Today was, in a word, terrifying. Everything was fine, I got up late, cycled for a while, had a shower and went to a work conference in Waterloo. Walking in, I remember thinking with a smile how I never thought I’d feel joy at bouts of nausea. I had a cup of chamomile tea, sat down to listen to the key note speakers and queued up for lunch with everyone else. It was when I went to the bathroom and noticed blood that the world started spinning and my nausea for once had a different cause.
I immediately phoned the GP where I have an appointment next week, and told them I was bleeding. They offered me an on the day appointment, a rare feat in the UK! The afternoon session of this conference passed in a blur of welling up eyes and mounting terror.
The doctor herself wasn’t really able to say or do much, but she gave me a note for an ultrasound at the Early Pregnancy Unit at Kings College Hospital where I then had to go to make an appointment for a scan. I decided to go straight over there (I realised upon arrival that I could actually see my lounge window from the window of the clinic). I gave the receptionist my letter and she referred me on to the nurse. I had no sooner sat down with the nurse than I started crying. I was just so scared.
I know that miscarriages often happen in the first 12 weeks, and that until that time is up, there’s really no guarantee, but that did not make me feel any better. I know I’ve only known for sure about my baby for 3 days, but I am already so in love with this little being growing inside me, In fact, today I understand why it’s easier for doctors and the pro-choice groups to talk about the “fetus” and the “fetal sac” – because when it goes wrong, as it does so often it’s easier to deal with than a child dying.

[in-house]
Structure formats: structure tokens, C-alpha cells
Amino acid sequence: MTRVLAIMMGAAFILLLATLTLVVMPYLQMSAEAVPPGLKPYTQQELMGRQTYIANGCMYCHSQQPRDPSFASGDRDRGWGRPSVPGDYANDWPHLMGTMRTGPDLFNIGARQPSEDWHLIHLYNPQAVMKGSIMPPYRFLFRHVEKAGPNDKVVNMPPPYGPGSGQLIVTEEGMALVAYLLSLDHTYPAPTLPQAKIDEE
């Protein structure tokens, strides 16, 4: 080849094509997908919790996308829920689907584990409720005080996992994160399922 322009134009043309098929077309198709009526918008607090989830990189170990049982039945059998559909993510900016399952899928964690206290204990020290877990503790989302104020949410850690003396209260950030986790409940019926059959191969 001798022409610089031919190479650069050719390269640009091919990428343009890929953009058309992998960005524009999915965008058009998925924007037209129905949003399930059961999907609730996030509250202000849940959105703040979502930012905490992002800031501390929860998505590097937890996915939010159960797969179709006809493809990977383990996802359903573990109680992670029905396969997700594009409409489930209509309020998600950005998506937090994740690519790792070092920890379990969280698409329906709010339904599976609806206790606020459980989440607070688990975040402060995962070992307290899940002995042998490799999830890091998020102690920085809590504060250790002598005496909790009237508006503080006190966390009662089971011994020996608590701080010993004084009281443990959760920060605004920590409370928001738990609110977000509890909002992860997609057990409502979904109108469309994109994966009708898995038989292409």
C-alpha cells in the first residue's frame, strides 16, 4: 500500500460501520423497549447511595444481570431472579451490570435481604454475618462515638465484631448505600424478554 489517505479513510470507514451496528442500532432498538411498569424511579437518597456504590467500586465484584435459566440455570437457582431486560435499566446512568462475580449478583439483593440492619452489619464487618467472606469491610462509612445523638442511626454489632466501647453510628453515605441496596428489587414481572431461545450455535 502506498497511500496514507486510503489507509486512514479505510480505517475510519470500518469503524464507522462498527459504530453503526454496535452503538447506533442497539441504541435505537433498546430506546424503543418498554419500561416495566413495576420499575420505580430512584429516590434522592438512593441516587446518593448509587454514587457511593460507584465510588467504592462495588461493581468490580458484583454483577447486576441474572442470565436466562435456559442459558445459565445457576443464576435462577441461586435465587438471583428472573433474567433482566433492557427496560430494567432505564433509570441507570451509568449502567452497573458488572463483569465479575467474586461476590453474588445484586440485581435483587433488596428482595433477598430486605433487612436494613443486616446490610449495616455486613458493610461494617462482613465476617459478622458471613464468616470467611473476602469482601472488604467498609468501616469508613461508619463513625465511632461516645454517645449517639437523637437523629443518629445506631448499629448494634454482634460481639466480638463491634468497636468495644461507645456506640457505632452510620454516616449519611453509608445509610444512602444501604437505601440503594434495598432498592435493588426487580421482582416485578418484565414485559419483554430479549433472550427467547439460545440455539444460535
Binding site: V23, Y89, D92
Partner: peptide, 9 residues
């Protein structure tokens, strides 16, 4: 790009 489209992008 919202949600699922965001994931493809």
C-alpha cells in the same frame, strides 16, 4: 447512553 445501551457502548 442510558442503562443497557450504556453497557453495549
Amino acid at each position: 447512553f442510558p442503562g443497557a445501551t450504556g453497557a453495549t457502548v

Anyway, at the clinic they were really great. The nurse, Pam, was so friendly and warm, that the tears that wouldn’t stop coming didn’t even feel embarrassing. She asked the gynecologist whether he would mind seeing one more person , which considering it was past five already was very kind of them. The gynea was great. He reassured me so much. He showed me my ovaries and told me it was the right ovary that produced the egg, he showed me the womb and then he showed me the tiny little button that is our baby. He told me to hold my breath and there I could see on the screen the white blip of my little baby’s heart. Wow. What a moment.
At one point, he was reading out measurements to the nurse and he said the baby’s head to bottom measures .03 cm (the crown rump measurement) to which I commented “my baby has a bottom!” The doctor and nurse laughed at me, but I was just so in awe of this white blip that can change the life of two professional adults in such a profound way.
This little picture is not my scan, but the little white circle is exactly what mine looked like, my little baby at six weeks. Our Button is forming fingers and toes, retinas and ears, it has its own heartbeat and lives in a tiny little sac inside me.
I was so scared today. There is still a 30% chance of miscarriage, but today, this moment, my little Button is healthy and fighting fit.